Bridges, 62, cheerfully refers to herself as a “Methacathabaptapalian,” an expression that signals her open-minded, ecumenical outlook toward Christianity. A graduate of Baylor University with a bachelor’s degree in fine arts, Bridges uses a vivid palette and bold brush strokes in her paintings of people, animals and flowers. Although she had been an artist most of her life, she had not done murals before she started painting at Trinity Baptist.

But Bridges found herself inspired by Potter’s faith and ideas. In a “loaves and fishes” moment, Bridges offered to multiply the request 100-fold.

“When we first started, I offered to paint the rotunda as Noah’s ark. But when I got started, it just kept going until we thought, ‘Why not paint the entire downstairs?’” Bridges said.

From the beginning, Bridges refused to be paid for the project, which would end up taking almost a year to complete. The church agreed to buy the paint (more than 90 gallons) and signed off on what is may be the largest indoor mural project in the city (quite a distinction in a city with a strong tradition of mural painting.)

The project was not without risk or doubters. “It is scary to let someone start painting over this many square feet. What if it looks bad? Shawn had never done this before,” Potter said.

On May 4, 2005, Bridges donned her paint-stained overalls, pulled back her hair and went to work. She quickly sketched a gigantic Asian elephant in the three-story rotunda, a calculated choice to “go big” in the beginning.

“I knew that was going to have to be the sales job,” Bridges said.

The first painting piqued people’s curiosity and allayed some members’ fears. Slowly, the first-floor’s blank walls transformed into a menagerie of animals, ranging from the very large (elephants, camels, gorillas, lions, zebras and tigers) to the very small (birds, fish and small mammals, as well as rodents and insects). Bridges also painted tool sheds and supply rooms and a smiling image of Noah modeled after the church’s then-pastor graces an entryway.

“The children could not wait to get here every week to see what was new on the walls,” Potter said.

Upstairs for stories

Once Bridges got started, the project gained momentum. Potter says she had not expected it, but now wonders if she should have: “When God starts moving, you should expect the unexpected.”

Every day for almost a year, Bridges showed up to paint. And every day she began her work by laying her hands on the walls, thanking God for her talent and praying for the day’s work ahead. She also made a point of including the children in the painting process, giving them small containers of paint and directing them to fill in her sketches.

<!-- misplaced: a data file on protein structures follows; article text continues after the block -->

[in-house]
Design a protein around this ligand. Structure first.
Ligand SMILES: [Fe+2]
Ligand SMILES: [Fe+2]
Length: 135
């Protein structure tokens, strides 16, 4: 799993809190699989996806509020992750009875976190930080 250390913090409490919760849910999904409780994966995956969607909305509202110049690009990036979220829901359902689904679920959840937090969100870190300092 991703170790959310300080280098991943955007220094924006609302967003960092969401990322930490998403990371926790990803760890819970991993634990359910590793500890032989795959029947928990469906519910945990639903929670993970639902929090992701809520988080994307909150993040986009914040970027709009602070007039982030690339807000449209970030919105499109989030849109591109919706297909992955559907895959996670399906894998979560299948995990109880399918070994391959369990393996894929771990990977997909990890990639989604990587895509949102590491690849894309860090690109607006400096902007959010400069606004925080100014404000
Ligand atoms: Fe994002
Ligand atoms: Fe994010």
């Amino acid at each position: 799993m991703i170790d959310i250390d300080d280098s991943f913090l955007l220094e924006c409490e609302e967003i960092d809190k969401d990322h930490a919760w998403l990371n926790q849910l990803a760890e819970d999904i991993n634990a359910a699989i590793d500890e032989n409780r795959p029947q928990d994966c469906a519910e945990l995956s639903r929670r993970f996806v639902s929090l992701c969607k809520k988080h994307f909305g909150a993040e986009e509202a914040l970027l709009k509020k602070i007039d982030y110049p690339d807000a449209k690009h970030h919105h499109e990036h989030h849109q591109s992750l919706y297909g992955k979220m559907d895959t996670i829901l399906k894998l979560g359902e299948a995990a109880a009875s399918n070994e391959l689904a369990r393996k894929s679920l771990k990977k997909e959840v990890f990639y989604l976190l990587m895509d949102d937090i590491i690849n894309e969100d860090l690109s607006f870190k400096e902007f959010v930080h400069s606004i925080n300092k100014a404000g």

Questions to consider

Questions to consider:

  • What are the convictions that support the vision and mission of your congregation or organization? What are the visible signs of those convictions?
  • With whom could you experiment? What talent could you allow to bloom by experimenting on “a wall?”
  • Who are the “odd balls” in your ministry who ask challenging and important questions? How can you engage their imaginations in the expression of what is deeply significant for your congregation or organization?

“We let them pick the colors of Naomi and Ruth’s outfits, and talked about the stories they were painting.” The first time she let the kids help, she gave out large brushes and buckets of paint. “It was disaster,” Bridges said with a laugh. After that, “we learned to give small brushes and baby food jars,” she said.

High school youth who grew up in the church also appreciate the project.

“I think it’s an amazing project,” says Preston McIlveen, now a freshman at the University of Texas at Austin. “Every every time I walk past … you think how blessed our church is to have this.”

On the second floor, the Genesis story of the creation begins with a darkly painted wall before lightening to depict a Garden of Eden. The stories of Moses, Ruth, Hannah, David and Goliath, Daniel, Esther and others fill one long hallway. On the other hallway, there are stories and parables from Jesus’ life, death and resurrection, keeping in mind the primary audience is children.

“She tried to keep everything developmentally appropriate,” Potter said.

Whimsical touches abound. In the rotunda walls, one panel depicts two zebras facing forward. Walking behind the panel, one sees the same zebras -- backside view. Animals peek from hiding places, preen and munch on leaves.